Teri Wilkins

Life-long learner. Educator. Thinker.


Teresa Wilkins is not only a friend and colleague but was also my teacher. Teri didn't just stand in front of the classroom and read from a book. She taught from life experiences. She would share stories with her classes that would help us understand the material more clearly. She was a great asset to my high school and has been a great asset to me.

–Tiffani Krause


The Lima Bean

October 25th, 2013

Inspired by the wonderful writing of my friend Rita (check out her blog here), I have decided to share my family’s lima bean story. Here it is:

When I was in middle school, my grandmother watched my younger brother and me until our mother could pick us up after work. One evening, we were eating crab soup (delicious, as was everything my grandmother made), and my mischievous brother began picking vegetables out of his soup and periodically hurling them at me.

I was not pleased. I was a bit prissy, and Dave was messing up my school uniform. Plus, that was just obnoxious. No matter what I said to him, he wouldn’t stop, and my grandmother wasn’t in the kitchen to stop him. I came up with an ingenious (to my 7th grade mind) plan: I caught a lima bean and wrapped it in a paper towel.

“When Mommy gets here, you are going to be in so much trouble. See, now I have evidence.” I shook the paper towel in his general direction, and he settled down.

When my poor mother came in the door, I ran up to her and began a litany of complaints, ending with a presentation of the soggy lima bean. My mother sighed, and said, “So what?”

Boy, was I deflated. I carried the lima bean defeat with me for a long, long time. Whenever I didn’t feel heard, I would mutter, “It’s just like the lima bean.” My family thinks it’s hysterical. Does your family have a similar story?

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Our Time at Haven

August 28th, 2013

Well, I said I would tell you about our trip to Atlanta, so here goes. We had a very nice experience. When we arrived, a limo driver approached us and noted his fare was late, so he took us to our hotel for the same price as a cab. The hotel was lovely, and I really appreciated the mirror that magnified everything by a zillion percent (well, some things weren’t so great to see from a larger perspective).

We each attended some of the seminars that were offered, and I learned about partnering with sponsors, Google statistics, and getting published in magazines. The sponsors were very helpful, and the other participants were friendly. Plus, the food was delicious. Many of the meals were part of the package, and we had the opportunity to eat at Ruth’s Chris one night as well.

The speakers were inspiring. I am not a DIY-er, but I still learned some important tips from Ana White, who was the keynote speaker. The theme of the closing speech was “Do Good on a Grand Scale.” That is a great sentiment, but I believe we can also do good on a small scale. You can read Stephanie’s account of the Haven experience here.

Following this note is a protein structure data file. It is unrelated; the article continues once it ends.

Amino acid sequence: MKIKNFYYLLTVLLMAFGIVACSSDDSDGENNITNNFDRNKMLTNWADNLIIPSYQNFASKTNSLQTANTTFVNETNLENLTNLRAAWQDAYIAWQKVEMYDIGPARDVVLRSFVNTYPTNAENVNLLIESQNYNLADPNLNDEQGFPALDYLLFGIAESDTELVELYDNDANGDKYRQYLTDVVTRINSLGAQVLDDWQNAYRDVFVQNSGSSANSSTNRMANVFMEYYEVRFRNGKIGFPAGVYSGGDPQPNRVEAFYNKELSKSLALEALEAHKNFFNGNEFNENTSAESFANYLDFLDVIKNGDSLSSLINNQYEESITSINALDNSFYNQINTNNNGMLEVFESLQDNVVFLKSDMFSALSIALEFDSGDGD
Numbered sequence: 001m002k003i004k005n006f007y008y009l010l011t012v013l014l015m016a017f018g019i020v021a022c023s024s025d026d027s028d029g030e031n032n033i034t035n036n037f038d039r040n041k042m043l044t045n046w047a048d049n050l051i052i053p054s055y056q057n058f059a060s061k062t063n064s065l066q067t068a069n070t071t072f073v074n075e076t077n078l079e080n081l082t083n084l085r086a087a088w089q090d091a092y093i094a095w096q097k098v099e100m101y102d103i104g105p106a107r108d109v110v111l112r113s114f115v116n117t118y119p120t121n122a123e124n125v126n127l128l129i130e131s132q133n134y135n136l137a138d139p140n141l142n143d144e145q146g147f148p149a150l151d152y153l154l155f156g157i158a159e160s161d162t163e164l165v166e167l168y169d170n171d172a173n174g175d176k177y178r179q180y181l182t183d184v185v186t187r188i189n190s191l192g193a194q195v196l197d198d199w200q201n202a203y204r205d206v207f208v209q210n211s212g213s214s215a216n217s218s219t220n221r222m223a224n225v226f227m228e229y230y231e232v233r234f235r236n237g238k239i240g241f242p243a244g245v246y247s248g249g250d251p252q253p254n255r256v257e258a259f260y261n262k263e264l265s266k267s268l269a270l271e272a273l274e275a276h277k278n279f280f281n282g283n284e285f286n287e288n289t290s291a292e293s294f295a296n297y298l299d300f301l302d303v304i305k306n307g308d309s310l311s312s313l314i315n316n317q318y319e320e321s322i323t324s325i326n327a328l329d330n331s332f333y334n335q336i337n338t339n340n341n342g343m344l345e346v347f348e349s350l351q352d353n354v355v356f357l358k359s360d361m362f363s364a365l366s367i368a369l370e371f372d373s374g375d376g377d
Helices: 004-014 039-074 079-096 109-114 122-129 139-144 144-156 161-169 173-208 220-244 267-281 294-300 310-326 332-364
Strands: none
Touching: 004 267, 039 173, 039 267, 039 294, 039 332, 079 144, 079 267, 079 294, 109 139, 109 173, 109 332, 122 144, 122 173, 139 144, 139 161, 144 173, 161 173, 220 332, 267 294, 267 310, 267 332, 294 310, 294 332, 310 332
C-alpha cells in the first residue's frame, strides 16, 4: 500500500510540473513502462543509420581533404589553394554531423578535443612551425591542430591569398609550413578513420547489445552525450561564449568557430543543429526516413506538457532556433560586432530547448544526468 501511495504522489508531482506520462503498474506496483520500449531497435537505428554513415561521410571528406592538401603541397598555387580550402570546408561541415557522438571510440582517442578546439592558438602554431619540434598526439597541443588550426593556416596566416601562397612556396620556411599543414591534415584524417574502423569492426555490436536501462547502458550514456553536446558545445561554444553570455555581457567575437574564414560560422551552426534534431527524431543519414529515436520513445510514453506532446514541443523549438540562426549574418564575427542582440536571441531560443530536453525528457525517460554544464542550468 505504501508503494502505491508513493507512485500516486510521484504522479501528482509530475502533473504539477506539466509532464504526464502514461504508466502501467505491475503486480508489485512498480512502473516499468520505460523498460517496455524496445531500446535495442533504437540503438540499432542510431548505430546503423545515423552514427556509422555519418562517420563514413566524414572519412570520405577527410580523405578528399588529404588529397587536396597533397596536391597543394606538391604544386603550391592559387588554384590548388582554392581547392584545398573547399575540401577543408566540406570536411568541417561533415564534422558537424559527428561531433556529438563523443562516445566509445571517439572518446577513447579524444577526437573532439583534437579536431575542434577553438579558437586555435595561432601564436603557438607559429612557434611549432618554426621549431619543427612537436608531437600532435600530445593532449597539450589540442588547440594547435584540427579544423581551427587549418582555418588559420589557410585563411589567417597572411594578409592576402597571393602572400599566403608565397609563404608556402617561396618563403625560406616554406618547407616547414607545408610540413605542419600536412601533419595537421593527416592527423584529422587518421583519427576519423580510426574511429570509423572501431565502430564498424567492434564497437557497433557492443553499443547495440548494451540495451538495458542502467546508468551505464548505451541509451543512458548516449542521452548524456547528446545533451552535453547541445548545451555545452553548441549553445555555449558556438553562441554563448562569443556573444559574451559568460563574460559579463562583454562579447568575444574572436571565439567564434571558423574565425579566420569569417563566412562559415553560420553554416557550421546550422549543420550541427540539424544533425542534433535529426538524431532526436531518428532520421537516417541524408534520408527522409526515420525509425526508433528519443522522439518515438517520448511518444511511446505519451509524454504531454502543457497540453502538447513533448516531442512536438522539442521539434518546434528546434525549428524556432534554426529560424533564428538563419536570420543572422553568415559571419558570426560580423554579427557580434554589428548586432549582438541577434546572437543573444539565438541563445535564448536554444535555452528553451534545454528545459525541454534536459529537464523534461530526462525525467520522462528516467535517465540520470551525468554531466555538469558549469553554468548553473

All in all, it was a grand experience. I am glad I had a chance to be on Peachtree Street in Atlanta. Now I can check that off of my bucket list.

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Haven Conference

July 14th, 2013

At the end of this month, I will have the opportunity to travel to Atlanta to attend the Haven Conference with my eldest daughter. She is the writer and home improvement expert in the family, and I bought her a ticket as a birthday present. I was going to go with her and visit Atlanta while she was attending sessions, but the more I thought about it, the more I decided to see it for myself. I will let you know all about it after our adventure.

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Immersed in the Data

June 19th, 2013

Well, I am getting closer and closer to the end goal. At Loyola University Maryland, I have three defenses I need to pass in order to complete my dissertation and obtain my Ph.D. The proposal defense consists of a presentation before my committee, where I justify why my work will make a difference. I passed that in April. It was a bit nerve-wracking, but my committee members are wonderful and provided me with some great suggestions. The next defense will be in the fall; that is the data defense. I am currently analyzing the data and am grateful for the many statistics courses I had to take. After the data defense, I will face the final defense where members of the pastoral counseling community will be invited to my presentation. I have attended many final defenses of my classmates, and I have had the opportunity to see them hooded at graduation (via live feed). As long as I am successful at the next two defenses, I will be the one being hooded next May!

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October 24th, 2012

In the alphabet soup that follows my name, I now have two additional endorsements: Licensed Clinical Professional Counselor and Approved Clinical Supervisor. Basically, that means I can practice without supervision, and I can provide supervision. Now for the last of the changes: I am hoping to change the ABD to Ph.D. ASAP!

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September 2nd, 2012

I am happy to report that I have finished all of the required coursework for my Ph.D. in pastoral counseling so I can legitimately call myself a doctoral candidate. I have only to complete the dissertation (thus ABD: All But Dissertation). I have to submit a proposal to the faculty, and I hope they will approve it. My committee chair is a hard taskmaster, but I think I will have a fantastic final product due to his high expectations. This may be the last post for a long time because I anticipate I will be inundated with my writing. Stay tuned for the title changing from ABD to PhD!

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